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Nourishing Traditions revisited


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:bump1:      I'm really bumping this whole forum to the front because it has a lot more to offer than just another diet.  It's a different way to look at our food and how we not only prepare it but how to store and preserve it. And it might be the very thing we need to give us a different perspective on our lifestyles.  

 

I started using some of the alternative ways to store foods almost 60 years ago; fermenting, dehydrating, root cellaring, making dairy products, processing our own meat, canning, and more.  Some of the old ways I learned from my Mom and my Grandma. Some of them, however, I learned from Carla Emory's Old Fashioned Recipe Book.  My original one was printed on a mimeograph machine and sent out in Chapter form.  I still have that one but it has long since fallen apart and I've bought two or three since then along with a few more to use as gifts.  I had Diet for a Small Planet by Frances Moore Lappe and still have Recipes for a Small Planet by Ellen Buchman Ewald.  I have Dry it You'll Like It by Gen Macmaniman, a ton of Rodale books, and dozens of Storey booklets on various aspects of homesteading.  I had borrowed a book ( I forget the name now) that told about the old fashioned ways of preserving foods in Europe, some of which are still used today and I have hundreds of old copies of The Mother Earth News, Countryside, Backwoods Home and Back Home  magazines.  Jackie Clay was one of my favorite contributors.  I was a member of the Weston A. Price foundation for years and read everything I could get on his recommendations.  I found Nourishing Traditions early in this century. It was "The cookbook that challenges politically correct nutrition and the diet Dictocrats" and I found so much in that which changed my way of thinking about our food.  

 

As our children left home and changes came about in our life the homesteading lifestyle faded but the books stayed on the shelves.  I continue to use those old ways as often as possible for just the two of us.  I use my very old ten-tray dehydrator often but because our ability to grow bushels of food has been curtailed I now often buy frozen vegetables, usually organic, ten and twelve packages at a time and dry those. I dehydrate bananas and pineapple and other fruit when it's on sale.  I use it to make dehydrated cookies, still a favorite with our kids and now our grands.  I often make zucchini, kale, and other chips, dehydrated crackers, jerky, and so much more.   We still make fermented pickles and sauerkraut and other fermented fruits and veggies. We make homemade bread, both regular and gluten free, but now use the bread maker or stand mixer.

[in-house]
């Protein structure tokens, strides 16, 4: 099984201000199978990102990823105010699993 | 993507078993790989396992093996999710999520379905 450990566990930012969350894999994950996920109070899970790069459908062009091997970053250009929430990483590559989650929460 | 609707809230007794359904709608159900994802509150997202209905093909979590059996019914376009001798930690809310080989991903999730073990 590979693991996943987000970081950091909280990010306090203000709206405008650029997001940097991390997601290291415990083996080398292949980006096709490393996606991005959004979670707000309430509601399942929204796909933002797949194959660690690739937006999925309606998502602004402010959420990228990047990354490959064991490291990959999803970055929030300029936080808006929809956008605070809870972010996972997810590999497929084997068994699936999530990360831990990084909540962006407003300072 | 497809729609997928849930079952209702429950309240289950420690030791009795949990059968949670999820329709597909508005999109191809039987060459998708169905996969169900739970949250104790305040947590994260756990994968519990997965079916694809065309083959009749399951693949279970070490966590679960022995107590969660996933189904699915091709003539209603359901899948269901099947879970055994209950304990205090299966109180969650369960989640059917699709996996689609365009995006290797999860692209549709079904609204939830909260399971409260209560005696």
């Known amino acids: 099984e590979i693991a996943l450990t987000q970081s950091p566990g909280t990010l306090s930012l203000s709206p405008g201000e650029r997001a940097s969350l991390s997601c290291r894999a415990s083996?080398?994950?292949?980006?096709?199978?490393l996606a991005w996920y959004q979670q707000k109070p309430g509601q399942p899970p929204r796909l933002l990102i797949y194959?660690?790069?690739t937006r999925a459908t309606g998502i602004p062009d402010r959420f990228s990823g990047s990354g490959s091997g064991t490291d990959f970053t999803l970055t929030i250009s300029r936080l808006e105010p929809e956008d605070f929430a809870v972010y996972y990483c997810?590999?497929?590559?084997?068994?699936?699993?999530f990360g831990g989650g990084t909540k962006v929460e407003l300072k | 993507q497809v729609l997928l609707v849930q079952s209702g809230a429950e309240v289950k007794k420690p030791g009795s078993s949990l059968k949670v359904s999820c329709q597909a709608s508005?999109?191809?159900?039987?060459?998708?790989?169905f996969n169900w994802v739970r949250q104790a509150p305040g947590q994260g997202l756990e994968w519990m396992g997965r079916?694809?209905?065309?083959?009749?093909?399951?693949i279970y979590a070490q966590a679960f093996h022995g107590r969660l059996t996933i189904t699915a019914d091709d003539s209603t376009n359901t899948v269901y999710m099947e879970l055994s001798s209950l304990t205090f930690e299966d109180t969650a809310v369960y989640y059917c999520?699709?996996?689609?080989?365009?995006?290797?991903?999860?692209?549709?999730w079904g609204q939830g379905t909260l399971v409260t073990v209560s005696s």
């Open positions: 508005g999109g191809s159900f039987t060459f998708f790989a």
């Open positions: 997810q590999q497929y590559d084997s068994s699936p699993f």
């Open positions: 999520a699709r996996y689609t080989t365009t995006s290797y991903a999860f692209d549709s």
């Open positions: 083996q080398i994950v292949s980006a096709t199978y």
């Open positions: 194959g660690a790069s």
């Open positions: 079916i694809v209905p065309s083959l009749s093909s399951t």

Through the years the diet dictocrats have come out with more and more suggestions for ways to eat but we know now that most of what they recommend is not based as much on science as it is dictated by money.  Now, more than ever with this virus bringing the earth to it's knees, with canning supplies in high demand and scarce, with the need to save and use every bit of food we have, with the need for as healthy of a diet as we can get, it has been a good time to brush the dust off the books that sit on my shelf and give them a fresh look.  

 

Perhaps we all need to take another look at this forum to see what it has to offer us in these trying times.  What do you think? :shrug:

:grouphug:

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I had so many of the same books/magazines you have. When we sold everything and headed to the mission field, I sold most of them. They went for high prices and we used the money to travel from project to project. Great memories. So were all the animals we raised.   :thumbs:

 

We've eaten just about every kind of animal species that crawls, walks, or runs. Some of them would be considered pets around here.  :hidingsmile: We beefed up our immune systems to handle just about every attack. We lived through SARS in SE Asia and Ebola in Africa. My biggest concern since retiring is letting down our guard and allowing our immune systems to weaken. We're killing ourselves by staying away from germs and viruses, not to mention so little sunshine in the wintertime up north. I won't even talk about our diets and rampant obesity in America. It is always such a stark reality when we've been gone for months and then land at our first US international airport. It takes our breath away. :0327:

 

All of my kitchen equipment went in the auction, but family has been buying us replacements at holidays and birthdays. Not everyone is thrilled and jumps up and down when they receive a bread machine or canner.   :hapydancsmil: Does anyone else get excited when they receive a homemade food gift in a Ball canning jar at Christmas and say, "OH BOY, ANOTHER CANNING JAR FOR THIS YEAR?"   :24:

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Homey, I love kitchen 'gadgets' and I would LOVE to see them as gifts.  And I DID get excited at Christmas time because the grandson got me two antique canning jars as a gift. They were the kind with bail top glass lids.  I'd recently broken a couple that I use for storage and it really was a thoughtful gift.  I have rubber rings for them and could use them for canning if I wanted.  LOL

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